The CAI is also aggressive, but with low-tier units. I've yet to see a real artillery army, and most of the time armies are comprised of the cheapest units available. Quantity over quality, I suppose?
The BAI is good. It will flank, hide units in trees, and try to sucker you in. If you are pike heavy with some artillery and corner camp, the BAI falls a part, but that is a little too gamey for me.
Breakdown of the Game
Rome II has some unique strengths to it. I like the factions, I like most of the units, and the diplomatic and battle AI is quite good. That said, Rome II has plenty of weaknesses too. The Siege AI is horrifically incompetent, the Campaign AI relies on nothing but weak units, and the political system is an utter and complete failure.
Even the economic, recruiting, and city management systems are a step down from Shogun II. In Shogun II, there weren't artifically important towns. (Why does Rome always have to be a capital? What happens if the Epiriots smash Rome within 10 turns?) The provincial system seems like it could have been a great step forward, but it is poorly implemented. The towns contain all of the important buildings, just like Rome I, because CA stripped the best feature from Empire, the non-city buildings. Why are farms back inside the city limits? Why aren't they dotting the countryside like Empire or Shogun II? How does Bread and Circuses increase my food output? Aren't I feeding the masses? Shouldn't that take away food? In the end, the provincial system favors all towns being the same, just like in every other TW game. (Excepting the one or two military provinces. They are built differently.)
Generals come and go much too fast in the GC, and the general and army traditions are also poorly implemented. There are just a few traditions that are mechanically best. I end up always walking down the exact same paths every time. Tactician -> Better Movement -> Night Battles.
Grand Campaign: 65/100, if you don't have it yet, wait for a 50% off or more sale. AI and Battles: 13/25 (The incompetent SAI is just too much. The BAI, while improved, isn't that much better than Shogun II, and the CAI seems to alternate between good and horrible.) Empire Management: 18/25 (The provincial system doesn't add much to the game, and politics is a total wreck. The economic system is a step down.) Graphics and Optimization: 20/25 (The lack of multi-card support annoys a lot of fans, and the fact that high end machines still struggle at times, and the incessant stuttering.) Tilt, DLC, and Factions: 14/25 (The buggy release, the lack of working politics, the horrible AI that has never been addressed, and the inundation of DLC and the fact that the Greeks are a DLC only faction pulls this down a lot. Even seasons being added only brings it up some.)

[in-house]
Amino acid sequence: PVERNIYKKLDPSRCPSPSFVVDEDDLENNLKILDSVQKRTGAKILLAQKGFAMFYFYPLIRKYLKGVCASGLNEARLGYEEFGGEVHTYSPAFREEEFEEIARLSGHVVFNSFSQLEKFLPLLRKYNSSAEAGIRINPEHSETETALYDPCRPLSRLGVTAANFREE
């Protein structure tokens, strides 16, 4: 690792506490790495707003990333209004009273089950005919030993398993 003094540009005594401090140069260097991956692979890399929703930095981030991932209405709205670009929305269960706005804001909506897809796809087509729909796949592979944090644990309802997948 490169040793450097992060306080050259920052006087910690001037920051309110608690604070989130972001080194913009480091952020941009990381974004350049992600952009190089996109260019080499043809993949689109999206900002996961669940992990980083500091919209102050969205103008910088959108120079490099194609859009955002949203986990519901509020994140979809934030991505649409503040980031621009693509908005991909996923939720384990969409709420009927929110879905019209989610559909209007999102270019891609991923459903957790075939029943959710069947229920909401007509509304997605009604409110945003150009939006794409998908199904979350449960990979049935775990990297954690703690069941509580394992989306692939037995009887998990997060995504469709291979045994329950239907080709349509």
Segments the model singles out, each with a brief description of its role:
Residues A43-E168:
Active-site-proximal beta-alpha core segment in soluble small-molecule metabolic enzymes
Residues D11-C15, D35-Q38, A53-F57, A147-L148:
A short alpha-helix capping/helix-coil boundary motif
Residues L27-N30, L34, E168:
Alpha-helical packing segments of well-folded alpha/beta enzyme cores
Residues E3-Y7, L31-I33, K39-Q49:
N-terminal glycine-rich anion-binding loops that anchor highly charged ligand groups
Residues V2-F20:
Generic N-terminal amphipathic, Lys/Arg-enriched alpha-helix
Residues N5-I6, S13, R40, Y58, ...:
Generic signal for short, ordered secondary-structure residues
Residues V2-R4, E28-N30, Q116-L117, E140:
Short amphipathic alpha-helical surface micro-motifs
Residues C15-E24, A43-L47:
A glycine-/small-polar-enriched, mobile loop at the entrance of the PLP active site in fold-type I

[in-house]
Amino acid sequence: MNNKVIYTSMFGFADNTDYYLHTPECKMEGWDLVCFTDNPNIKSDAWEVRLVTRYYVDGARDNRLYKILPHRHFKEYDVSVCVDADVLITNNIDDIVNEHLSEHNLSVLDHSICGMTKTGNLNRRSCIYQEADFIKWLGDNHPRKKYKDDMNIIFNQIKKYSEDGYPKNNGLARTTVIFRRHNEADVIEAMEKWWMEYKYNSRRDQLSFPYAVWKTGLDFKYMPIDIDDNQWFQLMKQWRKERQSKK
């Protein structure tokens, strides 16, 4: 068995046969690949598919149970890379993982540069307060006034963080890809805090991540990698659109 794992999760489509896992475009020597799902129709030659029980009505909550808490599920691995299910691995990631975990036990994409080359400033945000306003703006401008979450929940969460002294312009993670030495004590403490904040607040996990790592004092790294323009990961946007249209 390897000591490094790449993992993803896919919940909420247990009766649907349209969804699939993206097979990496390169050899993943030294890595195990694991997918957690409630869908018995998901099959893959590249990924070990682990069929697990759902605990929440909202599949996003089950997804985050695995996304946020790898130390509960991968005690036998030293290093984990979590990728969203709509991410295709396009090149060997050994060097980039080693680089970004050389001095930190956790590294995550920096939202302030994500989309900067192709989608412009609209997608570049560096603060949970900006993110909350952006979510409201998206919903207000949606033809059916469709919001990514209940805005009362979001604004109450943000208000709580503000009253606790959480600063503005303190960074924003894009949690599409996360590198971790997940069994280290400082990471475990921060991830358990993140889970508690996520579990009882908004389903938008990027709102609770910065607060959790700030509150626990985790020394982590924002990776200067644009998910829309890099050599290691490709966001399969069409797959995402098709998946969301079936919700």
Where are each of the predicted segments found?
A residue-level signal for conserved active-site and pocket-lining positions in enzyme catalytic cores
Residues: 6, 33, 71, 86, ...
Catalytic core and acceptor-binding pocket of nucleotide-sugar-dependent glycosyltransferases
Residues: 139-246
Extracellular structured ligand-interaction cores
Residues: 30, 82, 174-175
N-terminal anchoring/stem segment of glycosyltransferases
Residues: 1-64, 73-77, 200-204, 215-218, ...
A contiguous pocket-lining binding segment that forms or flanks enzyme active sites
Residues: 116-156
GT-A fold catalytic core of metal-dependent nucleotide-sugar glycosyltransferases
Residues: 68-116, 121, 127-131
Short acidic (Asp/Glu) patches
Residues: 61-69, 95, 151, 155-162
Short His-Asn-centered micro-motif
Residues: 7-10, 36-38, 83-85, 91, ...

Caesar in Gaul: Not worth buying. Nothing is really new here, excepting the new map and two Gallic factions. I don't think it is worth the money.
Hannibal at the Gates: Worth buying on sale. Finally added in Syracuse and some Iberian factions. The map is detailed, and is somewhat more fun than the base game.
Rest of the DLC: The Greek City-States: It is unbelievably annoying that it is a purchase. How is this not relevant to the main game? It should have been a part of the base game.
Nomad DLC:Not worth it unless you really love horse archers. Worth it on sale.
Blood and Gore Pack:Not worth the money. Beasts of War:Not worth the money, and also stripped content.
Final Analysis: Rome II missed the mark. It is a major step down from Shogun II, and could have been so much better. The product seems rushed, and is just now starting to get to an acceptable point, over 6 months after launch. While not the worst title in the Total War franchise, it certainly isn't good.
Mods like Divide et Impera can really make this game a lot better, and bring it up to the 72/100 you see in my signature. Without mods, this game is a solid 65/100.